Cities and Festivals

From ancient Egyptians to Sumerians there have been various celebrations in societies throughout history, may be for sacrificial reasons, or to welcome the spring. This has not changed much in our day. There are different festivals for fun, celebrating the harvest, history etc. around the world and Turkey. So we compiled the history and stories of festivals of the world heading to the streets of Istanbul and crazy Rio festivals…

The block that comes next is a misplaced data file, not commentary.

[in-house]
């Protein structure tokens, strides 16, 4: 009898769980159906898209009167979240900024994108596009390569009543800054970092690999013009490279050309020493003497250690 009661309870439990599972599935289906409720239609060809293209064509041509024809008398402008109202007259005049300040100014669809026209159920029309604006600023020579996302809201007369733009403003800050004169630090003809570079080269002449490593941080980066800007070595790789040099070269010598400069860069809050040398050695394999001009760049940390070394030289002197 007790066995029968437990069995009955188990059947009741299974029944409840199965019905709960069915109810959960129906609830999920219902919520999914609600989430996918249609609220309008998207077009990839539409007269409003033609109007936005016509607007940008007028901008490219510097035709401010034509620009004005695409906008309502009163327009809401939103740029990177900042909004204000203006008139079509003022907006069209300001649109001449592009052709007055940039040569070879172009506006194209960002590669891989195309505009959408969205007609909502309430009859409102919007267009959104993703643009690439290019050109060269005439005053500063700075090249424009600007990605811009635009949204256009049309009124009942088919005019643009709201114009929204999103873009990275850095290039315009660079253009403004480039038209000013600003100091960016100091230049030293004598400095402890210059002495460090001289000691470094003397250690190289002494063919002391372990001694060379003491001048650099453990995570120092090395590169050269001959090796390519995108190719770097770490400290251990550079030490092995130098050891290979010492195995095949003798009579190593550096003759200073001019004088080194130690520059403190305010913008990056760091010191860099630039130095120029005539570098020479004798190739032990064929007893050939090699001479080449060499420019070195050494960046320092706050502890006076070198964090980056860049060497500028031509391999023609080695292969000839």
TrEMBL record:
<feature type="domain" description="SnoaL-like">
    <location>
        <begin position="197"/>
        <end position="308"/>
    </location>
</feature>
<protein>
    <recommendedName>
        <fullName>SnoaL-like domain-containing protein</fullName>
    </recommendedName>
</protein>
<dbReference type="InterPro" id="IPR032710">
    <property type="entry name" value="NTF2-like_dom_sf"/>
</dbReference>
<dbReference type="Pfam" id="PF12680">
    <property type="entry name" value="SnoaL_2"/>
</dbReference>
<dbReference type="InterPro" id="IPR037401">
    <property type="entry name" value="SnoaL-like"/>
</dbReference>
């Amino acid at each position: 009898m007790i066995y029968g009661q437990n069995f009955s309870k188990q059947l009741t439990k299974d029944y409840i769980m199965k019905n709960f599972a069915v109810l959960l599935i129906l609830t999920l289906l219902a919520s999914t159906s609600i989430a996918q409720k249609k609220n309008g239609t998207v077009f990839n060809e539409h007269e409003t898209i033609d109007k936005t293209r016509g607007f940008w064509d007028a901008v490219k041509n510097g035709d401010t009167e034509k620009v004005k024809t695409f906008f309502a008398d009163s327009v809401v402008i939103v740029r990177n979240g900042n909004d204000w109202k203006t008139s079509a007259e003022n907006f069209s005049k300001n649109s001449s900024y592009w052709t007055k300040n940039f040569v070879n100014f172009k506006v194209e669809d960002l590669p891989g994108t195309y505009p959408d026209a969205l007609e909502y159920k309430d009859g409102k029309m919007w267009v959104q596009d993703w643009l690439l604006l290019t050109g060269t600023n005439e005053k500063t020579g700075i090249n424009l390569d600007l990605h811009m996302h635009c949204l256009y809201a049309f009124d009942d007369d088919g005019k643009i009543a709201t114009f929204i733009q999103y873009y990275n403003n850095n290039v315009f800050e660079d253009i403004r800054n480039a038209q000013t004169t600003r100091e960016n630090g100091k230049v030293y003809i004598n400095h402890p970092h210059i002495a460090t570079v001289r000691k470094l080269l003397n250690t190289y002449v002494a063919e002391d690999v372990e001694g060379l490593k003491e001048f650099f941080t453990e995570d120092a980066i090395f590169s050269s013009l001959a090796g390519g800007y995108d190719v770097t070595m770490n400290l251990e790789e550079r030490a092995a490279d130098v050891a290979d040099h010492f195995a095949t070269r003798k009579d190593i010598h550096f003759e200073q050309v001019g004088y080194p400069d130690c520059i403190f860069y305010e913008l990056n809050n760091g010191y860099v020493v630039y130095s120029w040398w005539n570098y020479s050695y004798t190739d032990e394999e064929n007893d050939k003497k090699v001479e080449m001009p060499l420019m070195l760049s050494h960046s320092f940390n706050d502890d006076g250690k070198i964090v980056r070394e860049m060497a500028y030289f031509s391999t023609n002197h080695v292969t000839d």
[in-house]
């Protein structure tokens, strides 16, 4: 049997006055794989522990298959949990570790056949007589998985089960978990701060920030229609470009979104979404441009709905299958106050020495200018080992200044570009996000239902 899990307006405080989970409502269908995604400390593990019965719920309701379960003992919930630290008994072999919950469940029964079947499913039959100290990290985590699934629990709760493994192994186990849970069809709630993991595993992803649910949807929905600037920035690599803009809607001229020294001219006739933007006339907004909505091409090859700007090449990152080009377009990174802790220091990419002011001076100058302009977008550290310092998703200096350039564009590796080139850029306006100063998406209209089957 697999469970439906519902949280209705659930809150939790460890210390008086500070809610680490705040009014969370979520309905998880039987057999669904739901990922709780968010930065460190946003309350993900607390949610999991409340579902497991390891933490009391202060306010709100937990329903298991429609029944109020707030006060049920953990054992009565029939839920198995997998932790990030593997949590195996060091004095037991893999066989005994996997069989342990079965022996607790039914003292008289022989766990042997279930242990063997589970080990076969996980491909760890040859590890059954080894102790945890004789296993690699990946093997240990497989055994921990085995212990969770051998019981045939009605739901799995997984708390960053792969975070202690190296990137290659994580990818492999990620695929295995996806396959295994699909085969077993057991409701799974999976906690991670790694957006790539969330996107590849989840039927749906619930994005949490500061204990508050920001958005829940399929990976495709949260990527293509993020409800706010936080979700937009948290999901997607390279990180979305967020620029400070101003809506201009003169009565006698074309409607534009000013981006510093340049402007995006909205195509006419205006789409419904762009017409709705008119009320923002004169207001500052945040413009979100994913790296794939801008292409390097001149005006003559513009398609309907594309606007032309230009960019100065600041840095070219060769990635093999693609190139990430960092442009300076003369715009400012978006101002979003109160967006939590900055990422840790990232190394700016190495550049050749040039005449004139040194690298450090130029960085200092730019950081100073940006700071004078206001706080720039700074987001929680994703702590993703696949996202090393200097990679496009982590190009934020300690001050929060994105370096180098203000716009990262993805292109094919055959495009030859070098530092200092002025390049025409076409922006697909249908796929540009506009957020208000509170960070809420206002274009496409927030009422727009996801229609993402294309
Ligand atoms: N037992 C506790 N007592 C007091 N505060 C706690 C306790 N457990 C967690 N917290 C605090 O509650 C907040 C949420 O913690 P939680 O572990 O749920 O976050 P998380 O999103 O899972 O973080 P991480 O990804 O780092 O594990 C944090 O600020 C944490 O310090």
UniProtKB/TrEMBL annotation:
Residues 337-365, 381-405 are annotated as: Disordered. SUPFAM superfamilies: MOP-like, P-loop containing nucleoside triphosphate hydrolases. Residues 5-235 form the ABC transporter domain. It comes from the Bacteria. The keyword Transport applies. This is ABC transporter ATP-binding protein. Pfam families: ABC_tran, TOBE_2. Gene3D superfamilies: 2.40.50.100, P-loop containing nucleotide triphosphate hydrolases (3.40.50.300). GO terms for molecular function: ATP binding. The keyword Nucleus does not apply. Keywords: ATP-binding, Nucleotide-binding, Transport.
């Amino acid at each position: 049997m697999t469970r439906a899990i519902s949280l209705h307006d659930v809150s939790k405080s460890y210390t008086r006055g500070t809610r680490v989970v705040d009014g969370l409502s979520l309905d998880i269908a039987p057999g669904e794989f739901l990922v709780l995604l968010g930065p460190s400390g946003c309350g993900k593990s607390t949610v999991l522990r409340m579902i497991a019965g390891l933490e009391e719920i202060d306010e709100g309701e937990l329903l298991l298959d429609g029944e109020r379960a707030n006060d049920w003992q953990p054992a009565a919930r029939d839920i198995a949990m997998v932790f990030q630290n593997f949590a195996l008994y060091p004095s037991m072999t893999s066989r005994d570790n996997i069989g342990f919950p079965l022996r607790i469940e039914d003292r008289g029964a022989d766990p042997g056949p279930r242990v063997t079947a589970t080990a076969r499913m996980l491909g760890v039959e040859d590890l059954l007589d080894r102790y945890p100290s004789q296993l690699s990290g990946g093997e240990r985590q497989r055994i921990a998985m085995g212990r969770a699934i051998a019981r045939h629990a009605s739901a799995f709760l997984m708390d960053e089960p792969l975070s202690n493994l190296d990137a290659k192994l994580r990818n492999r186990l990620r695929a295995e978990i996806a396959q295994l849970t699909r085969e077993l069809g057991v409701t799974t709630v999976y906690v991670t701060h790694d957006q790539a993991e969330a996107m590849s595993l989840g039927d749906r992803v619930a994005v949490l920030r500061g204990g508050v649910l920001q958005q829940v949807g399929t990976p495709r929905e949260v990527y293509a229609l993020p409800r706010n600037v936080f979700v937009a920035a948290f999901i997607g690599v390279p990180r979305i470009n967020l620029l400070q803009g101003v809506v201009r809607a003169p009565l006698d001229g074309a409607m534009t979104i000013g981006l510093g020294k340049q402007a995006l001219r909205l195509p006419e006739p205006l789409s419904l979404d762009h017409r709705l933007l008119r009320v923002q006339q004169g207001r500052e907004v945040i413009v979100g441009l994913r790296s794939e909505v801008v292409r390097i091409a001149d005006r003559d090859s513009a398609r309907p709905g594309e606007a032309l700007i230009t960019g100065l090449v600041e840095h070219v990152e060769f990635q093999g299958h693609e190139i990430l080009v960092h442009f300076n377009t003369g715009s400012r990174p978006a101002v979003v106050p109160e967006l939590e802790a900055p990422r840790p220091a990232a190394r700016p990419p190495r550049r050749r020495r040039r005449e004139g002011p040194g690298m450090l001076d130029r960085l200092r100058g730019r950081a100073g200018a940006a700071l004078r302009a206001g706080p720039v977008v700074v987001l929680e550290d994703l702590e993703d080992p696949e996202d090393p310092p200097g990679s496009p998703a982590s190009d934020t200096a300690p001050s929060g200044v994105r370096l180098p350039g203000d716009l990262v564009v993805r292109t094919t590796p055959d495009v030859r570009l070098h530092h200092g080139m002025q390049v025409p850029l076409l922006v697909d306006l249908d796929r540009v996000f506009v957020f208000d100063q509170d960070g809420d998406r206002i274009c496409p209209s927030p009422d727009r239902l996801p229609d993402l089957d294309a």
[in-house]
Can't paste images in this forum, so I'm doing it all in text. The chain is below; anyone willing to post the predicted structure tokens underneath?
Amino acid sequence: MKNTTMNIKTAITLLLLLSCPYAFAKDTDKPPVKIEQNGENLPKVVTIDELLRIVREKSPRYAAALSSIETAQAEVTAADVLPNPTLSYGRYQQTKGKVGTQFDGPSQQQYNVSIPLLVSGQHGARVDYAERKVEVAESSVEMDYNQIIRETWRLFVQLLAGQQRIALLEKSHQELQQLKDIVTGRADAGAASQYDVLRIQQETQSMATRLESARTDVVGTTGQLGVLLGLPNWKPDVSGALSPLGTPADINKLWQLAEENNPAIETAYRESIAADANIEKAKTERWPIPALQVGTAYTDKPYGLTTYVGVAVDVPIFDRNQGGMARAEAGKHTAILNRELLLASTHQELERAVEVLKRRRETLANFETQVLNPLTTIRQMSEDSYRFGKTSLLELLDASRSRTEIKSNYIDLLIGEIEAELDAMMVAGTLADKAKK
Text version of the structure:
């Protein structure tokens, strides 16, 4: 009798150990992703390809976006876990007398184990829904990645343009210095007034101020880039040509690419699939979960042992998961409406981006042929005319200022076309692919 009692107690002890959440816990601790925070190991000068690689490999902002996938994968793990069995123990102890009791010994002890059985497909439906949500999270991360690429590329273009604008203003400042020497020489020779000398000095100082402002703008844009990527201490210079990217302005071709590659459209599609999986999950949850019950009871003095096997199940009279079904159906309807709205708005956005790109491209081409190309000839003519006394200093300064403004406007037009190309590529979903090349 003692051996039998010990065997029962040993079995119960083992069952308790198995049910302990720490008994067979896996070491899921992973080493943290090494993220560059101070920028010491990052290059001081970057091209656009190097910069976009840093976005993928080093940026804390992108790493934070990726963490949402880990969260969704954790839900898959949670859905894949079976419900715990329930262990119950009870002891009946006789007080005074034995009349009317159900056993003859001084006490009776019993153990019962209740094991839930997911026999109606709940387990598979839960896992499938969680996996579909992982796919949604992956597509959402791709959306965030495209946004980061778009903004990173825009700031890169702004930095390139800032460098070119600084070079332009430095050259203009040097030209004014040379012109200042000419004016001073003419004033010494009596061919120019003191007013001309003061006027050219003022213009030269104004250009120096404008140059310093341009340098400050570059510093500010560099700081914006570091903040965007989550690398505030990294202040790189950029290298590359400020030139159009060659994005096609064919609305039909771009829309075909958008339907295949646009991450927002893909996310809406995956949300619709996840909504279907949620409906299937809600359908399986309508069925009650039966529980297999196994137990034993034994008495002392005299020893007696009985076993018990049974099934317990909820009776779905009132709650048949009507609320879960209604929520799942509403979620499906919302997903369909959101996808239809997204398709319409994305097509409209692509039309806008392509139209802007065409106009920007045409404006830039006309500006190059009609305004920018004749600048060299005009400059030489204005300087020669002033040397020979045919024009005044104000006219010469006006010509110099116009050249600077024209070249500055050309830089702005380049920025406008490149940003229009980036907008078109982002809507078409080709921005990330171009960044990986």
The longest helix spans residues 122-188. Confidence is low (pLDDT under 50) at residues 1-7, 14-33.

Festivals are among the most important tourist attractions of current times. Every year millions travel to Rio, Valencia, Washington, Delhi and others just to attend festivals. These festivals are important opportunities for cities to become popular, attract tourists and become brand-names. For example RIO is a city famous for festivals which in return gives the chance to promote its beaches worldwide resulting in becoming a brand-name. Numerous cities organize festivals either to market their local products, promote their local culture, increase tourists visiting or to support trade and become a world brand city. Some festivals are an opportunity for participants to wine and dine, sing and dance and have a fun holiday. How did all this begin? Did man come out and say “Come on lets have some fun, listen to music and have a festival!” or could it be that the roots of this is different? So how did the name festival come to be? Let’s have a look in history as we always do and then see how it spread worldwide, narrowing down to Turkey and shed light to our cities.